There's an epidemic no one talks much about because it's rarely seen that way. Even so, it makes no distinctions from one industry to the next; I've seen this bad habit infect the ranks of Fortune 500 companies in technology, retail, manufacturing, health care, pharmaceuticals, hospitality—you name it. The good news, though, is that it's easy to diagnose.
In my experience of working with managers and executives, that starts by asking a single question: "How many of you send out emails from home at night?" Nearly everyone raises their hand.
Reading that may only inspire a shrug—you probably do the same thing. And you might roll your eyes to learn that the pernicious habit of answering work emails after hours is the widespread problem I'm talking about. Far from being news, we've grown amazingly adept at discussing overwork in general and email overload in particular.
But there's one thing that might surprise you about that late-night emailing habit: It's overwhelmingly voluntary, and therefore largely avoidable.
After the resounding yesses I usually elicit by asking professionals about their evening email habits, I'll pose a second question: "How many of you expect your employees to answer those emails right away?" Only about 20% raise their hands.
Then I’ll ask, "How many of you answer emails from your boss at night?" Around 80% of hands go up.
"Based on what we’ve just seen," I continue, "do you think there’s around an 80% chance that your boss doesn’t expect an answer right away, the same way that you don’t?" The response: blank stares.
We’ve created a prison of expectations in the corporate world, as smartphones erase any sense of boundaries between "on hours" and "off hours." And with the economy putting more and more pressure on companies and employees to do more with less, we’ve got a perfect recipe for burnout and stress in the workplace.
We tend to blame overbearing work cultures on that erosion, and justifiably so. But our own habits and our office's unspoken pressures can be mutually reinforcing. Much of the pressure to be "on" during evening hours, weekends, or vacations is coming from workers themselves, not their bosses. In other words, we’re operating under a mass delusion, and it’s making us miserable.
It’s true that the amount of work today’s managers and execs are expected to handle is growing. About 80% of the managers I work with are in the same job they were in a year ago, but their responsibilities have grown. That’s a strong sign that people have gotten used to operating in a "do more with less" environment.
Still, my poll results, while unscientific, are amazingly consistent. They reveal a clear pattern of behavior that isn’t doing anyone any good—and in letting it persist, we’re taking time and energy away from the habits and tools that will increase our productivity, focus, and well-being, and enable us to work more efficiently and effectively.
The fact is that all this frenzied emailing after hours—even if it seems quick, easy, and harmless—is cutting time off from important things like relaxing, socializing, and spending time with family. Sure, we need these activities for our general health. But there’s also a more specific reason why taking time off is so crucial at the end of the day in particular.
When you spend so many daylight hours in work mode, it creates a physiological reaction that affects every cell in your body. Commonly known as the "fight-or-flight" response, the mental state in which you're constantly putting out fires keeps your nervous system on high alert.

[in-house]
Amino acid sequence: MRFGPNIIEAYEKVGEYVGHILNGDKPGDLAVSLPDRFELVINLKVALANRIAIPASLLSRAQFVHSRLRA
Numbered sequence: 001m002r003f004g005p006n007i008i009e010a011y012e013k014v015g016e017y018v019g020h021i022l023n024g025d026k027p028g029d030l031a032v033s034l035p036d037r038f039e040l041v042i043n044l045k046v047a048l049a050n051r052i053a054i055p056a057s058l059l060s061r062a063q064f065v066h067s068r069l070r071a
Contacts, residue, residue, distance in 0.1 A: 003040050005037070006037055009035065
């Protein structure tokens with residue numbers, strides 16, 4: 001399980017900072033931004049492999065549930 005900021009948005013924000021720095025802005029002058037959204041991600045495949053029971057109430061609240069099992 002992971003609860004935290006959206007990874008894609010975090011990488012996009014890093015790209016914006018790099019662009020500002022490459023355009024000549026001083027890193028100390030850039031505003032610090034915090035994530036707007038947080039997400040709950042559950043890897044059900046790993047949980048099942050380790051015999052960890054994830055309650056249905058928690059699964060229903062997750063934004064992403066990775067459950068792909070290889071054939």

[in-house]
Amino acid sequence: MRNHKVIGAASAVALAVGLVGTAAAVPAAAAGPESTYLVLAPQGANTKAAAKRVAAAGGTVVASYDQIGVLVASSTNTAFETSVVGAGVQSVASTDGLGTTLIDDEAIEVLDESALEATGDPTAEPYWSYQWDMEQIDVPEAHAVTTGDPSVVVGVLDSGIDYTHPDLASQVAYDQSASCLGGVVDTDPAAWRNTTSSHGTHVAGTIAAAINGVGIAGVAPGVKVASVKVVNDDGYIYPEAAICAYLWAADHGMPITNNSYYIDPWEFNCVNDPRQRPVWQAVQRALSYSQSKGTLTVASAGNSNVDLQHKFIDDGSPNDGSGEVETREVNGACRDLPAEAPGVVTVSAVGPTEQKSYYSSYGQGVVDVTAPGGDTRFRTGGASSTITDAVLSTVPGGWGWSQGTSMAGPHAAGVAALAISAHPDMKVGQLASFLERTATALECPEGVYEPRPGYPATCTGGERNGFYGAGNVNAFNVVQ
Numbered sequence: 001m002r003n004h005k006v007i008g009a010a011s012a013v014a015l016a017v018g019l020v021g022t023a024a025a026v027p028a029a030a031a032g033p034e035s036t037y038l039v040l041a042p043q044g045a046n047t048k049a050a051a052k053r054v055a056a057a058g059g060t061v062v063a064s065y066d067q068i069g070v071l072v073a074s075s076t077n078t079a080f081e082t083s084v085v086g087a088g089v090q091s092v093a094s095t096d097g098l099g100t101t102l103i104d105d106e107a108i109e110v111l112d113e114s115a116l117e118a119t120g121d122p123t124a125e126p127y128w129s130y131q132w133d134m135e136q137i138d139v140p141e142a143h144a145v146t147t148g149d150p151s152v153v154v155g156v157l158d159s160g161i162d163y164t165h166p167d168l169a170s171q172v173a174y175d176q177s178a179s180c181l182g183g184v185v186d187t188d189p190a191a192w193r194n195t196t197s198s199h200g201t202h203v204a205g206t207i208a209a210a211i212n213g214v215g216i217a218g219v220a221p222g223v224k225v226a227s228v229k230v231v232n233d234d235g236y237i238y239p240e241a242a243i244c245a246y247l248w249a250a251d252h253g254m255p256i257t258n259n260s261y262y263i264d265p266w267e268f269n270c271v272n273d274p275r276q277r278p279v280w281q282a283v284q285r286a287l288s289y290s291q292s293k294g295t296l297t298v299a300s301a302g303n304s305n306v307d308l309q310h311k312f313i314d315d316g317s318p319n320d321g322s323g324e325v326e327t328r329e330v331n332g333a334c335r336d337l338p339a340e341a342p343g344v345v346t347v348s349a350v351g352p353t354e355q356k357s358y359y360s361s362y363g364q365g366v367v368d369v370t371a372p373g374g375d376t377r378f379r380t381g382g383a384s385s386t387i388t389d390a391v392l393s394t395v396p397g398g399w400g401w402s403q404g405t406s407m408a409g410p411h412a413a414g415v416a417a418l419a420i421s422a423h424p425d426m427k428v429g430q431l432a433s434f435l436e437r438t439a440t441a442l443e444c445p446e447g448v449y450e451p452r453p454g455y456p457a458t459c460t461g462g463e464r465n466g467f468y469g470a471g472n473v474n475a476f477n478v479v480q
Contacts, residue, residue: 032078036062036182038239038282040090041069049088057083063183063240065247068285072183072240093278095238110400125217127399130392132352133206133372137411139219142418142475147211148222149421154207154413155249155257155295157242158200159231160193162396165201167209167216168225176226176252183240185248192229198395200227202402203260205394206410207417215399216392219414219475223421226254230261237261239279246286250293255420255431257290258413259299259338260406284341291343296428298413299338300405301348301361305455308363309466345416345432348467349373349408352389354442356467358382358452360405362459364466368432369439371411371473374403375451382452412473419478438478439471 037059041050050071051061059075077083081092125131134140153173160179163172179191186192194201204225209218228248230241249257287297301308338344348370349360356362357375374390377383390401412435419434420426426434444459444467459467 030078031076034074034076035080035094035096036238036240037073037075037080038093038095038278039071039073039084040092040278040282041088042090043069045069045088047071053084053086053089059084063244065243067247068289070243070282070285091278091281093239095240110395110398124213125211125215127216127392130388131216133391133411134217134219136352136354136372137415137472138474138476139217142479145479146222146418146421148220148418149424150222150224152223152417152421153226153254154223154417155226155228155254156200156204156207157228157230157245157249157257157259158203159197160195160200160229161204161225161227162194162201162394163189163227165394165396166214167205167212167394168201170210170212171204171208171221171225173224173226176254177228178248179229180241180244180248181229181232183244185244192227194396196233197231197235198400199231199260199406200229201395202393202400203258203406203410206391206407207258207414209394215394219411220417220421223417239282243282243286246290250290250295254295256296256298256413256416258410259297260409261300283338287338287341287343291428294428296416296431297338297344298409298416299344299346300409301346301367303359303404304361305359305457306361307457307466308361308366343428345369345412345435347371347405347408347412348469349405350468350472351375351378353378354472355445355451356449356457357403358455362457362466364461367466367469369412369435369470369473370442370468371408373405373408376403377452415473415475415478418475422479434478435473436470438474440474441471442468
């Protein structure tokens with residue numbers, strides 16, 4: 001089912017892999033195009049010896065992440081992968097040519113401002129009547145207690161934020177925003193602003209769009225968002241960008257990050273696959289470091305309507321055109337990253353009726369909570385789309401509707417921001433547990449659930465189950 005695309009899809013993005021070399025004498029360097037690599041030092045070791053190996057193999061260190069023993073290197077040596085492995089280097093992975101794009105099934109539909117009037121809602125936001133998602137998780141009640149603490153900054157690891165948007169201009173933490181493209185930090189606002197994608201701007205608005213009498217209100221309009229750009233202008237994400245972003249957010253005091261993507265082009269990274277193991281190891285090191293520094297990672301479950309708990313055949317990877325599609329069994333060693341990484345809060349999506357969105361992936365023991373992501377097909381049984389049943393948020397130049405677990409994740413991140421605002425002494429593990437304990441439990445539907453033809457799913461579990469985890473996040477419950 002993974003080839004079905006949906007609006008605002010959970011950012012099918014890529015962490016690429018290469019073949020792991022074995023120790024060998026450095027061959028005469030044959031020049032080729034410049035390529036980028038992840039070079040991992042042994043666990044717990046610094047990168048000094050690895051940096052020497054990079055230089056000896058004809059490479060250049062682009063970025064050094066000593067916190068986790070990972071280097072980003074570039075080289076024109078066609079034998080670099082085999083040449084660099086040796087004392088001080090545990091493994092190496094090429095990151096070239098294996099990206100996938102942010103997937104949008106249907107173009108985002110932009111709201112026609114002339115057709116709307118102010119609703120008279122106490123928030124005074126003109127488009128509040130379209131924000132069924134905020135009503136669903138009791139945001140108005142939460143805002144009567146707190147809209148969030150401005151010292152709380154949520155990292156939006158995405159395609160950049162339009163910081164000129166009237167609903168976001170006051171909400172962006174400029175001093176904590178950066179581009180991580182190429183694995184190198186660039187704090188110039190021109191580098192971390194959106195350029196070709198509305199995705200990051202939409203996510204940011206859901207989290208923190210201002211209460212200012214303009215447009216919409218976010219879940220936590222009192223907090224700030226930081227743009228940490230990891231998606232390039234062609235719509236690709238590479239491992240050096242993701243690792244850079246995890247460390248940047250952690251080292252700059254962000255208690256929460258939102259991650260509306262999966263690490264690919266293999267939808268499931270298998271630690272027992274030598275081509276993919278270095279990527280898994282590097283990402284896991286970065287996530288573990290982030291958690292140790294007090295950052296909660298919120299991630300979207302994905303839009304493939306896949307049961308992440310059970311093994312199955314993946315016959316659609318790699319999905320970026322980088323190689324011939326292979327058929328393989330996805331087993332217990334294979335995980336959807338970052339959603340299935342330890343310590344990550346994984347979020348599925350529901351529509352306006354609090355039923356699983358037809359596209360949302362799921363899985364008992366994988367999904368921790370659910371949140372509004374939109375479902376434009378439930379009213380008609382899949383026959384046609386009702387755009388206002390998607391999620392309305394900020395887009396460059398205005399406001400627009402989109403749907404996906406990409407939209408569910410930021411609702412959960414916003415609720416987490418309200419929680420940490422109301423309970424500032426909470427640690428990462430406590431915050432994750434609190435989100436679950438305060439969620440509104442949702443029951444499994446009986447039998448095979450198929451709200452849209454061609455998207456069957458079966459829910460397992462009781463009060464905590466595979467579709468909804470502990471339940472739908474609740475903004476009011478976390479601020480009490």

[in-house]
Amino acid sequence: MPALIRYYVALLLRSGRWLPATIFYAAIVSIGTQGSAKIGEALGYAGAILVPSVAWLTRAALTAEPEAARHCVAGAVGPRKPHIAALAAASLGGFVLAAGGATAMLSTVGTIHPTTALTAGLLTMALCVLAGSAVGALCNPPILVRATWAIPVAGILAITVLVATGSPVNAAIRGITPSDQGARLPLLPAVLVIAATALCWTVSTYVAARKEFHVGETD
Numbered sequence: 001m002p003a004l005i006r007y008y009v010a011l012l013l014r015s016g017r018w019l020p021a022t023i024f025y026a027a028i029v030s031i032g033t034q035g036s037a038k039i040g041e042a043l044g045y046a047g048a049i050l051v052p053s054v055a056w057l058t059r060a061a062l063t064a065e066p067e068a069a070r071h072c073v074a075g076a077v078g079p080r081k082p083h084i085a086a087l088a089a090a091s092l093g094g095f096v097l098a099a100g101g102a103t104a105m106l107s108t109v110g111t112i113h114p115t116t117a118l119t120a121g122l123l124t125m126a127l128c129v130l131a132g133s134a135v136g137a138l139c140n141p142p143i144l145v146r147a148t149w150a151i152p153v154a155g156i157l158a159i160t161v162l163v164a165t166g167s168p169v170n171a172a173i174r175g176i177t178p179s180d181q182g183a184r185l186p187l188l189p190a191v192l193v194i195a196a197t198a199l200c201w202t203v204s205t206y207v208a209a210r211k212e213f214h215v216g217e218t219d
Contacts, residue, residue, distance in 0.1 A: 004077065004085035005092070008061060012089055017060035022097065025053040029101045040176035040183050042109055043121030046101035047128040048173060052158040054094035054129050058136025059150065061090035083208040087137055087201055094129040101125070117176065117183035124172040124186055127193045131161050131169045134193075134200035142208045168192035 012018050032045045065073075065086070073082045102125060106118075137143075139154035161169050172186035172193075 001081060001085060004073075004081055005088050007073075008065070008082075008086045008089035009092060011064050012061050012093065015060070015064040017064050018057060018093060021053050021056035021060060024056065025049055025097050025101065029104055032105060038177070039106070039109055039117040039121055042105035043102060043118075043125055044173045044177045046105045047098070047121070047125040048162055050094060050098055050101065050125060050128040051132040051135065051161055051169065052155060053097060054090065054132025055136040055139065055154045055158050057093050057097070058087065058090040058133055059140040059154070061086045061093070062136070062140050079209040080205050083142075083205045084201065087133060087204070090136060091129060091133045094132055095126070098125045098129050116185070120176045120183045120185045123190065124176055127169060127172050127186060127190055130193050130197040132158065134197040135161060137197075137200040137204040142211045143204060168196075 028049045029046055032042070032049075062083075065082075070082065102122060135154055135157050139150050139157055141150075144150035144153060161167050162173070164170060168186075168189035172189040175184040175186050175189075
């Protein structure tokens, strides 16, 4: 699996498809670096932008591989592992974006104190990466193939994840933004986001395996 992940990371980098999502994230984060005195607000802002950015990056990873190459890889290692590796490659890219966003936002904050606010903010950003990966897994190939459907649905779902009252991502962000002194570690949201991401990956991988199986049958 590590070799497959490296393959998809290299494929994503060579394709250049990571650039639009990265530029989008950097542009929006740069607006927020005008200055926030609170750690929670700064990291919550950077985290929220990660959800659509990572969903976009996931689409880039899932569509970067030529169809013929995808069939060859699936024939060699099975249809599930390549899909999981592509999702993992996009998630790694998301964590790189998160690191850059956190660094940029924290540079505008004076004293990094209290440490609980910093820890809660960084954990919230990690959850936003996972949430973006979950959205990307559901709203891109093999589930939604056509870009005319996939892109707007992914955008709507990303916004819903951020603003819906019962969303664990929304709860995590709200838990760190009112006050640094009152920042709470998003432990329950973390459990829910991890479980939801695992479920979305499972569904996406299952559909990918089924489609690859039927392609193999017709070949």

If you spend most of your waking hours like this, your sympathetic nervous system puts you on a continuous pump of adrenaline and norepinephrine, keeping your heart rate and breathing up, constricting your blood vessels, and tightening your muscles. Your body is quite literally primed to either fight off an attacker or flee. If you're in this mode every day for ever-lengthening stretches, you may even stop noticing it. But the effects on your body and mind can be really damaging. Over time, excess stress hormones can lead to chronic headaches, IBS, insomnia, high blood pressure, and depression.
When you aren't working, though, your body relaxes into the "rest-and-digest" response. If fight-or-flight is your body’s gas pedal, this one is the brakes. And just like you would in a car, you need to use both the gas and the brakes to stay safe and balanced as you drive ahead.
The good news is that there’s a solution to ending the mindless loop of answering emails all night long, so you can give your body and mind a chance to wind down properly. And it starts by remembering that your expectations may exceed your boss's. Rather than make assumptions, just ask: "Do you expect me to answer emails if you send them after work hours?" There’s an 80% chance that he or she will say no.
Once you’ve gotten peace of mind about unplugging at night, try these tips to break any late-emailing habits, and allow the rest-and-digest response to do its work:
- Take a few deep breaths from your belly when you first walk in the door, to activate your rest-and-digest system.
- Stick your phone in a drawer for a couple of hours in the evening (or preferably all evening).
- Take time to do something you enjoy every evening, without fail. Cook a meal, play with your kids, take a walk with your partner, work out, listen to music, dance. Notice how you feel when you’re done.
- From that more relaxed place, check email if you choose, but put a cap on the amount of time you’ll spend on it. Fifteen minutes is a good start.
You might actually find you can connect with your family and friends. You might not have a migraine or an upset stomach. You might not think about work for a few hours. Yeah, your boss might be waiting on a response. But there’s around an 80% chance that she’s not.
And even if she is, it can probably wait—more than likely, you'll both be better off if it does.